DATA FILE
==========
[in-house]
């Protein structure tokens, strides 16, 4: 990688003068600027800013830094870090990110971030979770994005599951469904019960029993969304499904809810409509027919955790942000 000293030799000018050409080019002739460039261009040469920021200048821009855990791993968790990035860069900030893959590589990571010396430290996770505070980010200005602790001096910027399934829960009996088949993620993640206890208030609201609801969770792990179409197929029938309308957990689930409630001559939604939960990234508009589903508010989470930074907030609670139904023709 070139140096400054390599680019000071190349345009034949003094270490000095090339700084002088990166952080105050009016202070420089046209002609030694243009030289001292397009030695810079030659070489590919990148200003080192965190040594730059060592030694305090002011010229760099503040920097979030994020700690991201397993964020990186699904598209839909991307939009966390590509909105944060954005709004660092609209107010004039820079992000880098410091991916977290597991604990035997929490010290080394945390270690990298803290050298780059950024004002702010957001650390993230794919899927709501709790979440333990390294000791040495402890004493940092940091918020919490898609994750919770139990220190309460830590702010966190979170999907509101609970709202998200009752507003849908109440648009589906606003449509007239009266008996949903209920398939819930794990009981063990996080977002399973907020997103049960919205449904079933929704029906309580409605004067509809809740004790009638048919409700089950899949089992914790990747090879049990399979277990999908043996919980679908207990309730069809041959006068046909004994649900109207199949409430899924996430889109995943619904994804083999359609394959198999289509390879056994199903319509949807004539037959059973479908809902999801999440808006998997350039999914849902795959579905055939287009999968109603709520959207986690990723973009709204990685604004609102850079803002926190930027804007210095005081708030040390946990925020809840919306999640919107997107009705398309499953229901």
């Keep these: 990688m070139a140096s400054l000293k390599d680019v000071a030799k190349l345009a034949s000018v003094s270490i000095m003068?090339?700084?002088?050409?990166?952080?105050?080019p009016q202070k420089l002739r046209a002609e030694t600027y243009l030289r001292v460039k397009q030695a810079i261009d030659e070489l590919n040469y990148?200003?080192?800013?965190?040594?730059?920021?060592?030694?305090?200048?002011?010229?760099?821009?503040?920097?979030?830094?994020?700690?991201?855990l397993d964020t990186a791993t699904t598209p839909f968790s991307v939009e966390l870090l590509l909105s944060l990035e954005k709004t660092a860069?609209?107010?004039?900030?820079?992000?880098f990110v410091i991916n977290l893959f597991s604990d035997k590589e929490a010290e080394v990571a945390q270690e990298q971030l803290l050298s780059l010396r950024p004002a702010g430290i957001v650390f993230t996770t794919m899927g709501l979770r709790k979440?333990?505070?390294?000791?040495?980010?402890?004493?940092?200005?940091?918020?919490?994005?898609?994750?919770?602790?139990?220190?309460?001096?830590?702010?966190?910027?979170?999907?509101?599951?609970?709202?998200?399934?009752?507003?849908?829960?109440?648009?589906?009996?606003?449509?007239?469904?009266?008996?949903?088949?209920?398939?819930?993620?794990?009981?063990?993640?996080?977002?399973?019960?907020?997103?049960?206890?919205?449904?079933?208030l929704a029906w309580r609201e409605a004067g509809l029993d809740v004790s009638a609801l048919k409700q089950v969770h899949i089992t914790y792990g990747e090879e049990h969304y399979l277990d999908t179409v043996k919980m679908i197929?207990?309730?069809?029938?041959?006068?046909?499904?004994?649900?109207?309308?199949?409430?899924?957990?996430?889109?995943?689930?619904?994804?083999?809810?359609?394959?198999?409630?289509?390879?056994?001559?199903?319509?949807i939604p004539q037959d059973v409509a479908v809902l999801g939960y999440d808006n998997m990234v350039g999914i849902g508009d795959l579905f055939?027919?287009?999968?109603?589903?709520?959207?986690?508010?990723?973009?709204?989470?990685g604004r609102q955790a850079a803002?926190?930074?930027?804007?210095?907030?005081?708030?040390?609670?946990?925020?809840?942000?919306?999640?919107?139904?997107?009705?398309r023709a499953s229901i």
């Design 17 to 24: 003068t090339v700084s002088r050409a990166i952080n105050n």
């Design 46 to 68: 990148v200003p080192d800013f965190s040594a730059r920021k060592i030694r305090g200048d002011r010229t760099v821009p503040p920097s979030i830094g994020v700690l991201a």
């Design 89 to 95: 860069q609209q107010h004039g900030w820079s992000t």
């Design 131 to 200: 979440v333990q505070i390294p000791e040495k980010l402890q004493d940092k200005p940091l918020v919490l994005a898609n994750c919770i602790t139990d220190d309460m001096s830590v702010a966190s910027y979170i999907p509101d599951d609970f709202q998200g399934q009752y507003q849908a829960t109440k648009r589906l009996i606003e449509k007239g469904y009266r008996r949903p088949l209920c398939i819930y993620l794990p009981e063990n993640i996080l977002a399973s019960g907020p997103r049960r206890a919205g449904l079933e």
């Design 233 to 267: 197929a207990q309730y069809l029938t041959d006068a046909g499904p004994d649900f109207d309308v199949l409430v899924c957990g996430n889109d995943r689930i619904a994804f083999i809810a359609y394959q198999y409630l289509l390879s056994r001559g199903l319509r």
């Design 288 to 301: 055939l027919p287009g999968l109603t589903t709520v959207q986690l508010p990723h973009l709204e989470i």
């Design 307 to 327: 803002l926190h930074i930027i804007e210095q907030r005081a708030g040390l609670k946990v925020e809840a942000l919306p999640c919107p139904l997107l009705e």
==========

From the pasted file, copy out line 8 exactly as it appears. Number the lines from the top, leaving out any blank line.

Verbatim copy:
């Design 233 to 267: 197929a207990q309730y069809l029938t041959d006068a046909g499904p004994d649900f109207d309308v199949l409430v899924c957990g996430n889109d995943r689930i619904a994804f083999i809810a359609y394959q198999y409630l289509l390879s056994r001559g199903l319509r």